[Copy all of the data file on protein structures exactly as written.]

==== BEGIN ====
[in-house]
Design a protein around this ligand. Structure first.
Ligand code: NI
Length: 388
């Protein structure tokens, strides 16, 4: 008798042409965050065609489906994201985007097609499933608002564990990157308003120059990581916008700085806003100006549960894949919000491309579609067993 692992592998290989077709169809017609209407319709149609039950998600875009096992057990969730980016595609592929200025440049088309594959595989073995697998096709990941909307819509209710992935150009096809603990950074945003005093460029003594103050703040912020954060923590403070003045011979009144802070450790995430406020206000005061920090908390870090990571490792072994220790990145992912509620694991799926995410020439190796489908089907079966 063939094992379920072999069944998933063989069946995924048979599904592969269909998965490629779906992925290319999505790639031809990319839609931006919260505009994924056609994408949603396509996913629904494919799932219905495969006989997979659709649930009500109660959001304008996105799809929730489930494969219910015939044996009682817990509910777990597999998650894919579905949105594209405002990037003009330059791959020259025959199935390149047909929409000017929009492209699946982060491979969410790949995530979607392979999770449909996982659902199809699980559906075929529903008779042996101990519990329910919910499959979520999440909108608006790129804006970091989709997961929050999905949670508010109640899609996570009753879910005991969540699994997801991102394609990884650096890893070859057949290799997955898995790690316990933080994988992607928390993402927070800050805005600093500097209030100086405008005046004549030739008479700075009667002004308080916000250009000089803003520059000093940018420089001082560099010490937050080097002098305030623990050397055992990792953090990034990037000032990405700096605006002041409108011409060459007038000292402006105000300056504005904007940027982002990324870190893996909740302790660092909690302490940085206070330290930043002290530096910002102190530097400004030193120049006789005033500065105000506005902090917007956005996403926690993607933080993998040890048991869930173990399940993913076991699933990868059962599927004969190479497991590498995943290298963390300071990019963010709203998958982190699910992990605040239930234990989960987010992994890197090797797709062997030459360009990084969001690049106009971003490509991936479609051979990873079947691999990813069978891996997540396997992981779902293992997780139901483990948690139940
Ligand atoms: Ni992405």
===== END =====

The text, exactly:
[in-house]
Design a protein around this ligand. Structure first.
Ligand code: NI
Length: 388
């Protein structure tokens, strides 16, 4: 008798042409965050065609489906994201985007097609499933608002564990990157308003120059990581916008700085806003100006549960894949919000491309579609067993 692992592998290989077709169809017609209407319709149609039950998600875009096992057990969730980016595609592929200025440049088309594959595989073995697998096709990941909307819509209710992935150009096809603990950074945003005093460029003594103050703040912020954060923590403070003045011979009144802070450790995430406020206000005061920090908390870090990571490792072994220790990145992912509620694991799926995410020439190796489908089907079966 063939094992379920072999069944998933063989069946995924048979599904592969269909998965490629779906992925290319999505790639031809990319839609931006919260505009994924056609994408949603396509996913629904494919799932219905495969006989997979659709649930009500109660959001304008996105799809929730489930494969219910015939044996009682817990509910777990597999998650894919579905949105594209405002990037003009330059791959020259025959199935390149047909929409000017929009492209699946982060491979969410790949995530979607392979999770449909996982659902199809699980559906075929529903008779042996101990519990329910919910499959979520999440909108608006790129804006970091989709997961929050999905949670508010109640899609996570009753879910005991969540699994997801991102394609990884650096890893070859057949290799997955898995790690316990933080994988992607928390993402927070800050805005600093500097209030100086405008005046004549030739008479700075009667002004308080916000250009000089803003520059000093940018420089001082560099010490937050080097002098305030623990050397055992990792953090990034990037000032990405700096605006002041409108011409060459007038000292402006105000300056504005904007940027982002990324870190893996909740302790660092909690302490940085206070330290930043002290530096910002102190530097400004030193120049006789005033500065105000506005902090917007956005996403926690993607933080993998040890048991869930173990399940993913076991699933990868059962599927004969190479497991590498995943290298963390300071990019963010709203998958982190699910992990605040239930234990989960987010992994890197090797797709062997030459360009990084969001690049106009971003490509991936479609051979990873079947691999990813069978891996997540396997992981779902293992997780139901483990948690139940
Ligand atoms: Ni992405």